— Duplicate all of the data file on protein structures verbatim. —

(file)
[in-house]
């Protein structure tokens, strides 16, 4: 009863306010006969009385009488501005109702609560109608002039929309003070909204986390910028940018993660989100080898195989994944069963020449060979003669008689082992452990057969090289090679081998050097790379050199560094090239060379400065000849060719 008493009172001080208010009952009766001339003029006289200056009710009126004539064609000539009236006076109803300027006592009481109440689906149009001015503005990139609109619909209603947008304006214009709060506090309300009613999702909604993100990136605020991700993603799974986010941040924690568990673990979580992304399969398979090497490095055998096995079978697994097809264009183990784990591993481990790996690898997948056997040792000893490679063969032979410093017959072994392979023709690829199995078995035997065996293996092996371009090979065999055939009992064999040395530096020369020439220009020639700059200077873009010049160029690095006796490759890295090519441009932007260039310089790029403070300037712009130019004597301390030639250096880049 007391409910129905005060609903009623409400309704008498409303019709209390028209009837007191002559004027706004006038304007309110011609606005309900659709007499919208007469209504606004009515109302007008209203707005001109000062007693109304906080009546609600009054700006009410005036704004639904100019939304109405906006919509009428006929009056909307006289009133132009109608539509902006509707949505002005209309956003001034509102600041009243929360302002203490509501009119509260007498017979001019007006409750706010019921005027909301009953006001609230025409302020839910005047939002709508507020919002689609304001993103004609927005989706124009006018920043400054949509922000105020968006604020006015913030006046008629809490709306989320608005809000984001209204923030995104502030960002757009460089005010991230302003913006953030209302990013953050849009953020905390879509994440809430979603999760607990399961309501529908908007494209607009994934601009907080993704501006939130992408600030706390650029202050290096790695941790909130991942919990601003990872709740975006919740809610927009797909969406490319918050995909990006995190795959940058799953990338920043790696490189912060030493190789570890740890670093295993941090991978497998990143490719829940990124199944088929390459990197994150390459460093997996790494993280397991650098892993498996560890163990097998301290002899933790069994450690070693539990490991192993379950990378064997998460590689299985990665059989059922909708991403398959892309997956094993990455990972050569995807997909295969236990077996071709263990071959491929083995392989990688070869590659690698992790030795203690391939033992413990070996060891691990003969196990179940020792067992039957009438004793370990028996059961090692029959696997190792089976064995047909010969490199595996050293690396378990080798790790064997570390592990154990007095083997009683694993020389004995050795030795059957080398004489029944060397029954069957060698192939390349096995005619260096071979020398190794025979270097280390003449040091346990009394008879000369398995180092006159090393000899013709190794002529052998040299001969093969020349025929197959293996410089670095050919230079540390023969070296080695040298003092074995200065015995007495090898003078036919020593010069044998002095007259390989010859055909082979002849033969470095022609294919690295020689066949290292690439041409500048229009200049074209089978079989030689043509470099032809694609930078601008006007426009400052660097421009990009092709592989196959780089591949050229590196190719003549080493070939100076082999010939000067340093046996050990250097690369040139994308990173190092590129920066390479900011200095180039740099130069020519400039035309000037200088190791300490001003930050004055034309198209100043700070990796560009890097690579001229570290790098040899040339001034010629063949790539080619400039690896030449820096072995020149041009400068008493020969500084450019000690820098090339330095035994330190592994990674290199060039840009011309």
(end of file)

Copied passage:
[in-house]
């Protein structure tokens, strides 16, 4: 009863306010006969009385009488501005109702609560109608002039929309003070909204986390910028940018993660989100080898195989994944069963020449060979003669008689082992452990057969090289090679081998050097790379050199560094090239060379400065000849060719 008493009172001080208010009952009766001339003029006289200056009710009126004539064609000539009236006076109803300027006592009481109440689906149009001015503005990139609109619909209603947008304006214009709060506090309300009613999702909604993100990136605020991700993603799974986010941040924690568990673990979580992304399969398979090497490095055998096995079978697994097809264009183990784990591993481990790996690898997948056997040792000893490679063969032979410093017959072994392979023709690829199995078995035997065996293996092996371009090979065999055939009992064999040395530096020369020439220009020639700059200077873009010049160029690095006796490759890295090519441009932007260039310089790029403070300037712009130019004597301390030639250096880049 007391409910129905005060609903009623409400309704008498409303019709209390028209009837007191002559004027706004006038304007309110011609606005309900659709007499919208007469209504606004009515109302007008209203707005001109000062007693109304906080009546609600009054700006009410005036704004639904100019939304109405906006919509009428006929009056909307006289009133132009109608539509902006509707949505002005209309956003001034509102600041009243929360302002203490509501009119509260007498017979001019007006409750706010019921005027909301009953006001609230025409302020839910005047939002709508507020919002689609304001993103004609927005989706124009006018920043400054949509922000105020968006604020006015913030006046008629809490709306989320608005809000984001209204923030995104502030960002757009460089005010991230302003913006953030209302990013953050849009953020905390879509994440809430979603999760607990399961309501529908908007494209607009994934601009907080993704501006939130992408600030706390650029202050290096790695941790909130991942919990601003990872709740975006919740809610927009797909969406490319918050995909990006995190795959940058799953990338920043790696490189912060030493190789570890740890670093295993941090991978497998990143490719829940990124199944088929390459990197994150390459460093997996790494993280397991650098892993498996560890163990097998301290002899933790069994450690070693539990490991192993379950990378064997998460590689299985990665059989059922909708991403398959892309997956094993990455990972050569995807997909295969236990077996071709263990071959491929083995392989990688070869590659690698992790030795203690391939033992413990070996060891691990003969196990179940020792067992039957009438004793370990028996059961090692029959696997190792089976064995047909010969490199595996050293690396378990080798790790064997570390592990154990007095083997009683694993020389004995050795030795059957080398004489029944060397029954069957060698192939390349096995005619260096071979020398190794025979270097280390003449040091346990009394008879000369398995180092006159090393000899013709190794002529052998040299001969093969020349025929197959293996410089670095050919230079540390023969070296080695040298003092074995200065015995007495090898003078036919020593010069044998002095007259390989010859055909082979002849033969470095022609294919690295020689066949290292690439041409500048229009200049074209089978079989030689043509470099032809694609930078601008006007426009400052660097421009990009092709592989196959780089591949050229590196190719003549080493070939100076082999010939000067340093046996050990250097690369040139994308990173190092590129920066390479900011200095180039740099130069020519400039035309000037200088190791300490001003930050004055034309198209100043700070990796560009890097690579001229570290790098040899040339001034010629063949790539080619400039690896030449820096072995020149041009400068008493020969500084450019000690820098090339330095035994330190592994990674290199060039840009011309």